head·​wind | \ˈhed-ˌwind \

Definition of headwind 

: a wind having the opposite general direction to a course of movement (as of an aircraft)

Examples of headwind in a Sentence

Recent Examples on the Web

The first is for the Fed to put a line in its official statement -- slated to be released at 2pm EST -- that mentions trade as a headwind. Heather Long, Washington Post, "The Finance 202: The Fed will likely raise interest rates today. But will it weigh in on Trump's trade war?," 13 June 2018 Political mobilization on climate change is going to fight a headwind as long as policymakers are getting those answers from models. David Roberts, Vox, "We are almost certainly underestimating the economic risks of climate change," 8 June 2018 On April 15, Linden beat steady rain that turned into sleet, beat temperatures in the lows 40s, beat a 32 mph headwind, beat 13,390 other women and beat some self doubt to win the Boston Marathon. Don Norcross, sandiegouniontribune.com, "‘Whirlwind’ continues for Boston champion," 1 June 2018 In the face of a headwind like that, the migrants will stick around on Fort Morgan, fueling up for the trip north. Ben Raines, AL.com, "Tiny birds, incredible journey," 20 Apr. 2018 Your information will be used as described in our Privacy Policy BOSTON (AP) — Desiree Linden splashed her way through icy rain and a near-gale headwind to a Boston Marathon victory on Monday, the first American woman to win the race since 1985. Jimmy Golen, Houston Chronicle, "Desiree Linden wins Boston Marathon, 1st US woman since '85," 16 Apr. 2018 The other Boston Marathon winners: >>Women: Desiree Linden splashed her way through icy rain and a near-gale headwind to become the first American woman to win the race since 1985. baltimoresun.com, "Clarksville's Tatyana McFadden wins her fifth Boston Marathon wheelchair race; American captures women's title," 16 Apr. 2018 Unfortunately: Meanwhile, up in Massachusetts ...... more than 150 runners from the Charlotte area battled terrible conditions — pouring rain, bitter cold and a headwind pretty much the entire way — at the 122nd edition of the Boston Marathon. Théoden Janes, charlotteobserver, "How'd they do? Here are Boston Marathon results for 150+ Charlotte-area runners. | Charlotte Observer," 16 Apr. 2018 The reinventions come as Dead faces the strongest headwinds of its eight-season run, a significant audience drop with recent weekly viewer numbers not seen since Season 2. Bill Keveney, USA TODAY, "How 'The Walking Dead' zombie franchise hits the reset button, and plans first crossover," 12 Apr. 2018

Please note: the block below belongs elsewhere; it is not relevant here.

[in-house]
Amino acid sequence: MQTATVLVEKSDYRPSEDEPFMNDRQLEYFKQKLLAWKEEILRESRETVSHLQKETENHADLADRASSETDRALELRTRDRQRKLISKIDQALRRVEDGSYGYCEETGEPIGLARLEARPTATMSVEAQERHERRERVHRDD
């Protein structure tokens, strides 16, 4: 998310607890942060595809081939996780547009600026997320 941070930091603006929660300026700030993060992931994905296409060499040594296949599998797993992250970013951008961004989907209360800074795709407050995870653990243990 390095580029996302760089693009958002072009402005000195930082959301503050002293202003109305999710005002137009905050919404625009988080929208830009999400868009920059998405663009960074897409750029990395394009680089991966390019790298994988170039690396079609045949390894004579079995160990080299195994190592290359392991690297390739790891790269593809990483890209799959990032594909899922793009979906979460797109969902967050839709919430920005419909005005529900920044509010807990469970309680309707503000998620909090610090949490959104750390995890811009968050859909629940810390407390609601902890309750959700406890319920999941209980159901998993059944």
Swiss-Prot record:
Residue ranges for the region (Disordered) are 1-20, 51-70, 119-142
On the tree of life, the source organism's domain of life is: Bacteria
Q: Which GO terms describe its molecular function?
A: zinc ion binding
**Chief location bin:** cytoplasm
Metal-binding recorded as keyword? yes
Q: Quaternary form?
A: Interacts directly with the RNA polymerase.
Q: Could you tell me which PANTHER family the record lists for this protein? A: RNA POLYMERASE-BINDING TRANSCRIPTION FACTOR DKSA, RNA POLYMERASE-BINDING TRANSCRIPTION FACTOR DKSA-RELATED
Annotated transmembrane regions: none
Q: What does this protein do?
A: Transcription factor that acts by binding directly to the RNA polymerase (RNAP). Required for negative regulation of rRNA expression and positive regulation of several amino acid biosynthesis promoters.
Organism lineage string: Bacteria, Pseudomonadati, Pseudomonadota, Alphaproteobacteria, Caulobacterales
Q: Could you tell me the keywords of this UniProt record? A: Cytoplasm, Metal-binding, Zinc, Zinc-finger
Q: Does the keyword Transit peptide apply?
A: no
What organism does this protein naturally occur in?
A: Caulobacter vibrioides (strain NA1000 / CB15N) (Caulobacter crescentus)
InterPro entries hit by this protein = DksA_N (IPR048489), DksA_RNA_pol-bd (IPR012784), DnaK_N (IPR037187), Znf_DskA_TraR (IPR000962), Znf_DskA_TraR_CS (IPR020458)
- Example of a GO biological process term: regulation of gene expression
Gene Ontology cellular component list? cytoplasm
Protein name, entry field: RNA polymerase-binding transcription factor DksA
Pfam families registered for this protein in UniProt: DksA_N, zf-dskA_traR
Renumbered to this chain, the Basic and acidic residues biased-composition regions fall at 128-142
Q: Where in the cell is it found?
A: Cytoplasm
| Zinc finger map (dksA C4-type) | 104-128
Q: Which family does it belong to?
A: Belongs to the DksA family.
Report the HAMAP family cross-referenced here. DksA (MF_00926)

These example sentences are selected automatically from various online news sources to reflect current usage of the word 'headwind.' Views expressed in the examples do not represent the opinion of Merriam-Webster or its editors. Send us feedback.

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First Known Use of headwind

1709, in the meaning defined above

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Statistics for headwind

Last Updated

11 Nov 2018

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Time Traveler for headwind

The first known use of headwind was in 1709

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English Language Learners Definition of headwind

: a wind that is blowing toward something (such as a ship or an airplane) as it moves forward

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